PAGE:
Beautiful cast iron cookware that goes from stove top to oven to table is a popular item in housewares stores today.
"The popularity of cast iron has been building for the last five years," says Chris Tracy of Calphalon. "Stores have been looking for a way to get fashion into cookware. Color is one way."
Colors can be seasonal, such as red heart-shaped cookware for Valentine's Day. Pumpkin-shaped orange and brown hues are popular in the fall.
"It opens up the possibilities," says Mr. Tracy regarding cookware design.
Last August, Calphalon joined the companies that have cast iron lines, including Le Crueset and Chantal. Mario Batali has some cast iron pieces, too, according to Mr. Tracy.
The Calphalon pieces have contemporary design and offer durable enamel cast iron, which is perfect for slow cooking, whether it is a cassoulet, a salt cod dish, osso bucco, or the Butternut Squash Risotto from Chef Michael Symon of Lola and Lolita restaurants in Cleveland and Parea in New York City.
Calphalon Enamel Cast Iron comes in Cabernet Red, Chive Green, and Custard Yellow. The 5-quart size is $129.99 and the 8 quart size is $179.99.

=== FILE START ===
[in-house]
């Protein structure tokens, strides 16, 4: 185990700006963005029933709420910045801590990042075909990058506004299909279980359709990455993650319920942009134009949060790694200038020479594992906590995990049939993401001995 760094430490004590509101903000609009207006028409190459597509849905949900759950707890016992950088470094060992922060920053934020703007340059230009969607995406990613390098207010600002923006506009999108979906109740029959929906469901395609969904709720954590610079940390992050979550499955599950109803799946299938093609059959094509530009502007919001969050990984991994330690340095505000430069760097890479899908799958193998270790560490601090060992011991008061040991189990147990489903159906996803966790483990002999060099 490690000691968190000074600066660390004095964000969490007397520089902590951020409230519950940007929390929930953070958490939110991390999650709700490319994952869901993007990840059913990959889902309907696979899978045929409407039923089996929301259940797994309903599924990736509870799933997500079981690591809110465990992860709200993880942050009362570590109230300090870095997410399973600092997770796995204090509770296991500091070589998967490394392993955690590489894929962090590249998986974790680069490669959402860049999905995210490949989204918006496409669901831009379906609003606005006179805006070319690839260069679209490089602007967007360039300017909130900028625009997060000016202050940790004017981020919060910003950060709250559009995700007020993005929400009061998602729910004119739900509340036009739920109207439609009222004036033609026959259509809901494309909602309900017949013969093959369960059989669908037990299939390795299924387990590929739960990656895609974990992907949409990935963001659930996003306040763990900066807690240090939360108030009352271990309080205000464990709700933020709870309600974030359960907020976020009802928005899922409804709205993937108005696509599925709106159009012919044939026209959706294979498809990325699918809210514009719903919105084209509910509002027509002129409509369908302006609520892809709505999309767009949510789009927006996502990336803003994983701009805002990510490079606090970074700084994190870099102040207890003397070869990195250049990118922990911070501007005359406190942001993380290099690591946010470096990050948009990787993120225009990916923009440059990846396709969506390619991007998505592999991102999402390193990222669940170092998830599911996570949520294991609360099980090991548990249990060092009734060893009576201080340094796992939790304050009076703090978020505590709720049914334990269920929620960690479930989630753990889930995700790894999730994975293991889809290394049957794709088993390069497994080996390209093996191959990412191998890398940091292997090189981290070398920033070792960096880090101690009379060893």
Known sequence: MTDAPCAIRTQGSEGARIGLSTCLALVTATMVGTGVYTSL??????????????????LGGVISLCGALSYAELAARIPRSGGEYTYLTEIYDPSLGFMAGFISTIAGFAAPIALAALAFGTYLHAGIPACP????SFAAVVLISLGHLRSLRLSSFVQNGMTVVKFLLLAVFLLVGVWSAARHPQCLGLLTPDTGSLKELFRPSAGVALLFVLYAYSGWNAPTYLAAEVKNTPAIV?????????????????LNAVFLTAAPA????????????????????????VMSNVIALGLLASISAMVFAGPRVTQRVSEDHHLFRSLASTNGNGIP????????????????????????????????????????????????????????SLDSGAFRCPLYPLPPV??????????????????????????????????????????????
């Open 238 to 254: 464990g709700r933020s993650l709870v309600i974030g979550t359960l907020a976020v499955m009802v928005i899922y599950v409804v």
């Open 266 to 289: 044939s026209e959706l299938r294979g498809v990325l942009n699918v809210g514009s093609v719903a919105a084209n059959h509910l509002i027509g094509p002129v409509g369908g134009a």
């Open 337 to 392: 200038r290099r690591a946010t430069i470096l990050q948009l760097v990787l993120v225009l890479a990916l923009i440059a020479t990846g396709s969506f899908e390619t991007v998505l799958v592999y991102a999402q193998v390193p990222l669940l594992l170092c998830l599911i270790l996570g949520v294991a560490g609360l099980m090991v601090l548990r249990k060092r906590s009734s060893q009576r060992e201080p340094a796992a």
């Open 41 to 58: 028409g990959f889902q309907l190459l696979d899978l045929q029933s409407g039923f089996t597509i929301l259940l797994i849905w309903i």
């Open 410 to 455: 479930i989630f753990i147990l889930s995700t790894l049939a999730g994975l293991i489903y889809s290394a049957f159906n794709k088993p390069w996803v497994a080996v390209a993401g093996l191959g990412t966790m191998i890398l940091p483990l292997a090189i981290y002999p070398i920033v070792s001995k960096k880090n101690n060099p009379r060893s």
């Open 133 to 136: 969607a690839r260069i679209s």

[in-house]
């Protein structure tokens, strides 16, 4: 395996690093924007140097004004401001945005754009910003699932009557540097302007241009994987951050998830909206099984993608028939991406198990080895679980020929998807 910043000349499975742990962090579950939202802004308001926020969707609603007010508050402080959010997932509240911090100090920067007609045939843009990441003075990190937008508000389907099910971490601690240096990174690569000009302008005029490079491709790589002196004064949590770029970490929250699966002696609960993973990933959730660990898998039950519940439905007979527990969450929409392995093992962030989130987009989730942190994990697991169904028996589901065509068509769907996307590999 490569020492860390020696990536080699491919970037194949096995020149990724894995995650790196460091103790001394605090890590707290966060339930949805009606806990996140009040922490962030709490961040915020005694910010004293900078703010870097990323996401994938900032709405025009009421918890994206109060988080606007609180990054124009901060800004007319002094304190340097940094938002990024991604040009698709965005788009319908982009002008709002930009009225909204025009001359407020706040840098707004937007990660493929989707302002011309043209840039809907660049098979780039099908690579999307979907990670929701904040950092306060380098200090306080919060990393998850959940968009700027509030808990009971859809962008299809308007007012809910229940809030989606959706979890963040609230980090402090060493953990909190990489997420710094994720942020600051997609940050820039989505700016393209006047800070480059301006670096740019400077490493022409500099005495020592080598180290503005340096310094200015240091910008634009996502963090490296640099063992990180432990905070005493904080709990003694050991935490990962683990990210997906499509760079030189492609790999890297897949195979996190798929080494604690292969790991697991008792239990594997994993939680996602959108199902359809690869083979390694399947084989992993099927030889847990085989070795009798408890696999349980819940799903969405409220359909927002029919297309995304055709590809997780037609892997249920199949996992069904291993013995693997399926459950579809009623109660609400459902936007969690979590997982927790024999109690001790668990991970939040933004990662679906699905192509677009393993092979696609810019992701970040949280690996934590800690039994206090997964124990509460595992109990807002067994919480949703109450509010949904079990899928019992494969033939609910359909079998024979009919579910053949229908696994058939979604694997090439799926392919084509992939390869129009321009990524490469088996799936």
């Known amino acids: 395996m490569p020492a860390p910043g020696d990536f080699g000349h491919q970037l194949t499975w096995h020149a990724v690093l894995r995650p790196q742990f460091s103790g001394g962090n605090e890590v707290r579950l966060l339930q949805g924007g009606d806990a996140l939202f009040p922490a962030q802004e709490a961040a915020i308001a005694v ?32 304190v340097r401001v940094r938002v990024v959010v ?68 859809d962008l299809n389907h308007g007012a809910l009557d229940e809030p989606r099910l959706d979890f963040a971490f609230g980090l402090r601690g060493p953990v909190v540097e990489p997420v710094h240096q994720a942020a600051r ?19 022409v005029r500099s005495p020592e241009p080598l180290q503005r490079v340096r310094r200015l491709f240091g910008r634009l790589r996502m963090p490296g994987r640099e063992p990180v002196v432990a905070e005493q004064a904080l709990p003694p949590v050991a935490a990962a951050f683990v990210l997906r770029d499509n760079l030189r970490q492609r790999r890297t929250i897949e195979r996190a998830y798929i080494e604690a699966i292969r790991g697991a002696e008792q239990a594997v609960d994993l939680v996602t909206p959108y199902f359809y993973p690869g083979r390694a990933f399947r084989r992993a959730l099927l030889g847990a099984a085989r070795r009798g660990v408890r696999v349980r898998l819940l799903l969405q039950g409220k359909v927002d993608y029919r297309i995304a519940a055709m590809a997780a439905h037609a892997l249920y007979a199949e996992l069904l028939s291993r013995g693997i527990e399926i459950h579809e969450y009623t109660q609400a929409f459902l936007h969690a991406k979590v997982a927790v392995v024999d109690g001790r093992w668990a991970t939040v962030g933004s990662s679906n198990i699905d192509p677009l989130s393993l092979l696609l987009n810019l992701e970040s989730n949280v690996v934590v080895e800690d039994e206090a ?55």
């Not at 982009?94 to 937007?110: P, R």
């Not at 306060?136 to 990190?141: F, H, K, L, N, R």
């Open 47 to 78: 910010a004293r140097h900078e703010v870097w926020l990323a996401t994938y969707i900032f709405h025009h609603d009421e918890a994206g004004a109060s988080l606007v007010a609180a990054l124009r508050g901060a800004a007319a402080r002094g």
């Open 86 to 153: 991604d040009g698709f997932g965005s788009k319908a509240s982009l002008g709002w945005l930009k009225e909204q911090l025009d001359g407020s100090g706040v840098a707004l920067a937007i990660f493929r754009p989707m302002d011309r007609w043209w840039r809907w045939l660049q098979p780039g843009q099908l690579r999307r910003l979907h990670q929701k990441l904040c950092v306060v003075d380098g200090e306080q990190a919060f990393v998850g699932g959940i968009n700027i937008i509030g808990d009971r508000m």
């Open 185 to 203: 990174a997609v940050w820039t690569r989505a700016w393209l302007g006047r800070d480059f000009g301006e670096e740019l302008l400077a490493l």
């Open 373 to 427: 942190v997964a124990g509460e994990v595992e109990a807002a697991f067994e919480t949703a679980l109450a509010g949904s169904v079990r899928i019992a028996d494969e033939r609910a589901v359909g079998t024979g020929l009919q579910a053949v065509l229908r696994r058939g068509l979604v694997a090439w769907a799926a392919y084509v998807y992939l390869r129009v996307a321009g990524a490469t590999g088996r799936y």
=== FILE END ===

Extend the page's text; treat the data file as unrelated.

In the Dutch oven, the bottom is ideal for browning ingredients prior to adding liquids and seasonings. Large oval handles make it easy to move from stove top to oven to table, but cast iron is heavy.
Cast iron is perfect for the longer cooking times of slow cooking. It doesn't heat up as fast on the stove top but when it does it has consistent heat, including when it is placed in the oven.
An additional note: As of this date, Mr. Symon is among the three finalists in the Food Network's The Next Iron Chef show, which began with eight chefs. Also among the trio is San Francisco's Chris Cosentino and John Besh of New Orleans.
The winner will be revealed during the series finale at 9 p.m. Sunday and will begin his reign as Iron Chef in a Thankgiving-themed episode of Iron Chef American on Nov. 18.
- Kathie Smith